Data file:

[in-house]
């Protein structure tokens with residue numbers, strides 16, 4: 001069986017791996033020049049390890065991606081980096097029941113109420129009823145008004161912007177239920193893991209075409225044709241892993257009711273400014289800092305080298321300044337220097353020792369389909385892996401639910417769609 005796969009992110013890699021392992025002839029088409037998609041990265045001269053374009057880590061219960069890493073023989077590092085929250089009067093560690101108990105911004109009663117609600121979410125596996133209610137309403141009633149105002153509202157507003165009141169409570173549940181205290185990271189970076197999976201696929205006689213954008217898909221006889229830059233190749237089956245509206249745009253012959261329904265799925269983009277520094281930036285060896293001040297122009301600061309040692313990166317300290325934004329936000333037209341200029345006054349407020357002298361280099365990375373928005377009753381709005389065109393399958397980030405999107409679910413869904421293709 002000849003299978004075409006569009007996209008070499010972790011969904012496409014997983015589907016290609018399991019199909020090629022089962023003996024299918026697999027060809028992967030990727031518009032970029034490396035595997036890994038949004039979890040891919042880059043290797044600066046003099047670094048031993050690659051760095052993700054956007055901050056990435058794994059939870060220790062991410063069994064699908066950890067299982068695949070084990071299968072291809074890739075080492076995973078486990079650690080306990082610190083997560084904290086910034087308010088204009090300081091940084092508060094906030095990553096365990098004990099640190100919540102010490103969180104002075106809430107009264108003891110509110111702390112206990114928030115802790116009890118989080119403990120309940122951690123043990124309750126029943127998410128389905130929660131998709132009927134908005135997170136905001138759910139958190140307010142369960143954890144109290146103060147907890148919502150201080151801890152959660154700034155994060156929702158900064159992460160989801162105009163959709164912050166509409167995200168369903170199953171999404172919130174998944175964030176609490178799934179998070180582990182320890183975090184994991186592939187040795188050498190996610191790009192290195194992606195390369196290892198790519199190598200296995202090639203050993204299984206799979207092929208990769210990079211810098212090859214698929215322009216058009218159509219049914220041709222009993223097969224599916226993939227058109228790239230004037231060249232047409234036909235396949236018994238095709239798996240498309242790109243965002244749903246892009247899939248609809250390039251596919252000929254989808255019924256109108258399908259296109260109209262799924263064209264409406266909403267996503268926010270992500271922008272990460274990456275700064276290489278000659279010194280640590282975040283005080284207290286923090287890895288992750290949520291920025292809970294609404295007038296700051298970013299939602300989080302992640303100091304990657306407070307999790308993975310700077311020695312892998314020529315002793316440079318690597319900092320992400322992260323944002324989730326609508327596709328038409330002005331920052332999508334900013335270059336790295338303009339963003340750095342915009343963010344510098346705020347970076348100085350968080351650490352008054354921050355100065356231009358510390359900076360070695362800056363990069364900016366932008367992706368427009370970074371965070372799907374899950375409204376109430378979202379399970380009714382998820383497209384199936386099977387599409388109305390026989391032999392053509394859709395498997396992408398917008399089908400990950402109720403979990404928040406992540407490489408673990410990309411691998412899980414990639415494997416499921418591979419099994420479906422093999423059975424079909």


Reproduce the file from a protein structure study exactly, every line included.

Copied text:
[in-house]
């Protein structure tokens with residue numbers, strides 16, 4: 001069986017791996033020049049390890065991606081980096097029941113109420129009823145008004161912007177239920193893991209075409225044709241892993257009711273400014289800092305080298321300044337220097353020792369389909385892996401639910417769609 005796969009992110013890699021392992025002839029088409037998609041990265045001269053374009057880590061219960069890493073023989077590092085929250089009067093560690101108990105911004109009663117609600121979410125596996133209610137309403141009633149105002153509202157507003165009141169409570173549940181205290185990271189970076197999976201696929205006689213954008217898909221006889229830059233190749237089956245509206249745009253012959261329904265799925269983009277520094281930036285060896293001040297122009301600061309040692313990166317300290325934004329936000333037209341200029345006054349407020357002298361280099365990375373928005377009753381709005389065109393399958397980030405999107409679910413869904421293709 002000849003299978004075409006569009007996209008070499010972790011969904012496409014997983015589907016290609018399991019199909020090629022089962023003996024299918026697999027060809028992967030990727031518009032970029034490396035595997036890994038949004039979890040891919042880059043290797044600066046003099047670094048031993050690659051760095052993700054956007055901050056990435058794994059939870060220790062991410063069994064699908066950890067299982068695949070084990071299968072291809074890739075080492076995973078486990079650690080306990082610190083997560084904290086910034087308010088204009090300081091940084092508060094906030095990553096365990098004990099640190100919540102010490103969180104002075106809430107009264108003891110509110111702390112206990114928030115802790116009890118989080119403990120309940122951690123043990124309750126029943127998410128389905130929660131998709132009927134908005135997170136905001138759910139958190140307010142369960143954890144109290146103060147907890148919502150201080151801890152959660154700034155994060156929702158900064159992460160989801162105009163959709164912050166509409167995200168369903170199953171999404172919130174998944175964030176609490178799934179998070180582990182320890183975090184994991186592939187040795188050498190996610191790009192290195194992606195390369196290892198790519199190598200296995202090639203050993204299984206799979207092929208990769210990079211810098212090859214698929215322009216058009218159509219049914220041709222009993223097969224599916226993939227058109228790239230004037231060249232047409234036909235396949236018994238095709239798996240498309242790109243965002244749903246892009247899939248609809250390039251596919252000929254989808255019924256109108258399908259296109260109209262799924263064209264409406266909403267996503268926010270992500271922008272990460274990456275700064276290489278000659279010194280640590282975040283005080284207290286923090287890895288992750290949520291920025292809970294609404295007038296700051298970013299939602300989080302992640303100091304990657306407070307999790308993975310700077311020695312892998314020529315002793316440079318690597319900092320992400322992260323944002324989730326609508327596709328038409330002005331920052332999508334900013335270059336790295338303009339963003340750095342915009343963010344510098346705020347970076348100085350968080351650490352008054354921050355100065356231009358510390359900076360070695362800056363990069364900016366932008367992706368427009370970074371965070372799907374899950375409204376109430378979202379399970380009714382998820383497209384199936386099977387599409388109305390026989391032999392053509394859709395498997396992408398917008399089908400990950402109720403979990404928040406992540407490489408673990410990309411691998412899980414990639415494997416499921418591979419099994420479906422093999423059975424079909």